U.S. intelligence has warned that Kabul, Afghanistan’s capital, could fall into a new Taliban insurgency within six months, leaving the last U.S. and foreign troops dead, the Wall Street Journal reported on Wednesday – ahead of a meeting at the White House on Friday between President Joe Biden and senior Afghan leaders. Ashraf Ghani and Abdullah Abdullah.
The warning comes amid growing global concerns over Taliban gain since May 1, when US and allied forces began to leave Afghanistan in line with Biden’s timetable for ending the withdrawal on September 11 – the 20th anniversary of the 9/11 attacks led to an attack on Afghanistan in 2001.
India, a key player in the reconstruction of Afghanistan, has called for a halt to the UN-led fire in that country during a UN Security Council debate on Monday, marking a sudden increase in violence in the country since May 1.
The Wall Street Journal reported that US intelligence experts had previously speculated that President Ghani’s government would survive two years after the US withdrawal following the time of Saigon’s fall in Vietnam following the 1975 US withdrawal.
U.S. intelligence and military analysts have reviewed their tests and now believe Kabul could fall six to 12 months after the departure of U.S. troops, reports the WSJ, adding that officials in some western countries fear the capital may soon collapse, perhaps in three months.
U.S. troops plan to close the withdrawal as soon as possible in July, dropping from 3,500 currently set to zero, preventing a small army from being left behind to protect U.S. envoys and officials.
He said that he would say that while, in general, we are seeing more attacks on the ANDSF (National Defense and Security Forces) and the Afghan government compared to last year, we have not seen an increase in attacks on our troops since February 2020, White House press secretary Jen Psaki said in response to a question. about the rapid military gains made by the Taliban.
Psaki said that they are also exploring that, if we had not started pulling the trigger, violence would have increased in our area again after May 1, because that is what the Taliban was clearly conveying. Therefore, the current situation, in our view, was not an option.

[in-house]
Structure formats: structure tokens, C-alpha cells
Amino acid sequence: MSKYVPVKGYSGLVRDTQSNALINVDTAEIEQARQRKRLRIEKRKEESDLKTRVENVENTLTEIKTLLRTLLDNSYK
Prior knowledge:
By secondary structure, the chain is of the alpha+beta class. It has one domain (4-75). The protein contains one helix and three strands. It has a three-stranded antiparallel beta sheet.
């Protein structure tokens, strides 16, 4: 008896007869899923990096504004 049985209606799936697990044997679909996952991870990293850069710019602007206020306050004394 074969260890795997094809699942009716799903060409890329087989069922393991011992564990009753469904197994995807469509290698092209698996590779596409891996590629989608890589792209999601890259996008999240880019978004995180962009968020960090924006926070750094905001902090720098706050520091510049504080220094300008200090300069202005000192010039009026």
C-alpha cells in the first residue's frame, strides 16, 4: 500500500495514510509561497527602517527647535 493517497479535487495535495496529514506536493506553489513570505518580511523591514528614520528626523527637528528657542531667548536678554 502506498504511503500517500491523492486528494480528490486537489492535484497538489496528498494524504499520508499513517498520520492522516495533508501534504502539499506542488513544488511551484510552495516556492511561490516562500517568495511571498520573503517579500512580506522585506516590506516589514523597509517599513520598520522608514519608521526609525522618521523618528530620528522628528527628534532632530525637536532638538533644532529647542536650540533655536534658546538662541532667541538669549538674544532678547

The U.S. legislature, too, is concerned about the Taliban’s progress and sought assurances from US Secretary of Defense Lloyd Austin and chairman of the joint military faction Mark Milley’s congressional hearings on Wednesday.
Miley said, “Yes, we are worried, we are watching, but there is a combined 300,000 or reduced army of” Afghan soldiers and police “and it is their duty to protect their country”.
He said the Taliban group currently controls 81 centers in Afghanistan, but there are currently no city bodies.
Austin wanted to address complaints raised by lawmakers about US capabilities to prevent Afghanistan from falling back under terrorist rule after the withdrawal of troops, saying the United States has too much power to control Afghanistan, now its allies in the Gulf region and at sea.
“What we would like to do further is to reduce the number of legs that need to be used by getting an agreement with one of the neighboring countries to establish some of our ISR (Intelligence, Surveillance, Reconnaissance) in one of those countries,” Austin said.
Austin did not name the two countries, but Pakistan appears to be the frontrunner, as is evident in repeated public protests from Prime Minister Imran Khan, who has said his country will not agree to give American foundations on their land.
Asked about Khan’s position, a spokesman for the United States department told HT, “As President Biden said, the United States will re-organize our counter-terrorism capabilities and capital assets to prevent the appearance of terrorist threats, in Afghanistan or elsewhere in the United States.